The Ekiti State Governor, Kayode Fayemi, on Thursday explained how the state governors spend their security votes.
Fayemi, who addressed participants at a two-day multi-stakeholders meeting on the Peace and Inclusive Security Initiative organised by the Nigeria Governors’ Forum in partnership with the Center for Democracy and Development (CDD) in Abuja, said the security votes collected by state governors are used to support security agencies and their operations to enhance security in the states.
He was responding to questions on what the governors do with security votes and why they are against local government autonomy.
He, however, said not all the governors collect security votes.
Fayemi said: “Security vote has a history. And I will urge you to look for a book by Chief Jerome Ugoji – ‘Serving three masters. You will find in that book the origins of security votes in Nigeria.
“You say what do we do with it? Without mincing words, I can’t speak for others, but I also get feedback from other states in my capacity as chairman of the governors’ forum.
“There are hardly any of these institutions that you are talking about that we do not fund. We fund the police.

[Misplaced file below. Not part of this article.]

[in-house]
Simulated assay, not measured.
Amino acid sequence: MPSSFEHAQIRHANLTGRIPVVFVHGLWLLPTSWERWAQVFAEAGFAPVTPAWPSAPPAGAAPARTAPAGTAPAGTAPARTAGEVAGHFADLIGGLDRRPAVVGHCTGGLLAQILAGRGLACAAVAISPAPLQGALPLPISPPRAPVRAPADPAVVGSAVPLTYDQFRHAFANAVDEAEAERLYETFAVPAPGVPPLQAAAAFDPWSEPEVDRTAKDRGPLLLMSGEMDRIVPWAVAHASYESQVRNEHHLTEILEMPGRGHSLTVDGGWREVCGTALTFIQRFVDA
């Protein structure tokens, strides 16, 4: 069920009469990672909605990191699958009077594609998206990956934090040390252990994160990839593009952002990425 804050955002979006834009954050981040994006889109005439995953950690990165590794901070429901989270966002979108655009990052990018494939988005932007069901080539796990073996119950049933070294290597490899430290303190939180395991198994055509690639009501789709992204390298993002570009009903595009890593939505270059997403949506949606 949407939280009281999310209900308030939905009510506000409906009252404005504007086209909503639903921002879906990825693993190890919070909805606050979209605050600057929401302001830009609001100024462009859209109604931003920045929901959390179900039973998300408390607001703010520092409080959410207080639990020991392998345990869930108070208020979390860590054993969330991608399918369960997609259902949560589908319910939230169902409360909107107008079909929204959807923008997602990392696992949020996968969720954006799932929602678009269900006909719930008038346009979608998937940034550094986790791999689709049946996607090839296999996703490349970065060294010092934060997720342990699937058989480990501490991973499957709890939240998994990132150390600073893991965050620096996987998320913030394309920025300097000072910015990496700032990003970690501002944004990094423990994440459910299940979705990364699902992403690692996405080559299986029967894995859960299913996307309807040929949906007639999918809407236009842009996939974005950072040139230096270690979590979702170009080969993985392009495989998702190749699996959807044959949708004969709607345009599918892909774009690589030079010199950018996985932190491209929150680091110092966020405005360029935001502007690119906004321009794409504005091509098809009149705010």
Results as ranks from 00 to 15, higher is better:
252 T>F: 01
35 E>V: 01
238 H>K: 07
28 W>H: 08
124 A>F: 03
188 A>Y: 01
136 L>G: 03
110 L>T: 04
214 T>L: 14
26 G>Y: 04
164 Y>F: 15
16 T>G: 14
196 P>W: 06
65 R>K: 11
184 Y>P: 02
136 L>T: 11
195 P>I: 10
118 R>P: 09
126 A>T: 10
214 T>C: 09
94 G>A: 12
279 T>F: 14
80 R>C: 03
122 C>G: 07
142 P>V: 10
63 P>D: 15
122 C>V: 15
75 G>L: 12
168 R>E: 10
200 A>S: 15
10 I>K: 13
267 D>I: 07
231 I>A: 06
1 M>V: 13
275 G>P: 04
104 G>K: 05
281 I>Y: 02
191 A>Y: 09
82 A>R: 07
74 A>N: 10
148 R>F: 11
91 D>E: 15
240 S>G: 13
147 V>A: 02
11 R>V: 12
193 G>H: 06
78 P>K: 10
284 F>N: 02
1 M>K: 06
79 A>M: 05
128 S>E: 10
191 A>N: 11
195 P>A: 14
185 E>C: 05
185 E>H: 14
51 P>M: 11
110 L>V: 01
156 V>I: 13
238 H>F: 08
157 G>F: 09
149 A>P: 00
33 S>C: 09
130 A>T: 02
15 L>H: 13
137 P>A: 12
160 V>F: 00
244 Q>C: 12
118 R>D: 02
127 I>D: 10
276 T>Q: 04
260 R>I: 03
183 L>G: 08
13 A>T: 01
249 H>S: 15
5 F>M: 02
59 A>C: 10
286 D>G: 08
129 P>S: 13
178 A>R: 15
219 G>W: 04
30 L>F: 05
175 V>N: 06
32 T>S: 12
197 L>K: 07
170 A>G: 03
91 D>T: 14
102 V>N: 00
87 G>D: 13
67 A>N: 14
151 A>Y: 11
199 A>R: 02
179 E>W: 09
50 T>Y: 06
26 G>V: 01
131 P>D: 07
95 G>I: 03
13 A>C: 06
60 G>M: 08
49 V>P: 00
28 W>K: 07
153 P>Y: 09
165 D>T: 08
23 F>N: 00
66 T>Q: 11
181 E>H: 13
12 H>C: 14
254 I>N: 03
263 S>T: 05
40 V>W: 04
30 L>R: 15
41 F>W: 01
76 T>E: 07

“Quote me, state governors fund police more than the Federal Government. We buy them vehicles. We pay them allowances. In some cases, we even buy ammunition, of course under the authority.
“And if we are to engage our military in aid to civil authority, which you will find actually in 36 states in this country, we fund it.
“Today, the military is involved in internal security operations, which really is a problem, because for me, when you inflate the role of the security institution, beyond its primary responsibility, you also have consequences that will come with that. That may not be palatable.
“But that is where we are because most Nigerians don’t trust the police. They will still come and beg governors to say ‘can you ask the brigade commander to put a roadblock in my area’.”
“If you engage the military, in a civil authority, your state is responsible to pay for the operations of the men that are engaged in that activity and not expect the military also to share that burden because that is not their primary responsibility.
“You have taken them out of their primary responsibility, you have to pay for it. So we pay for that, we pay for the Nigeria Security and Civil Defense Corps.
“There is no security institution that you have that states are not responsible to more than the Federal Government that has primary responsibility for them.”
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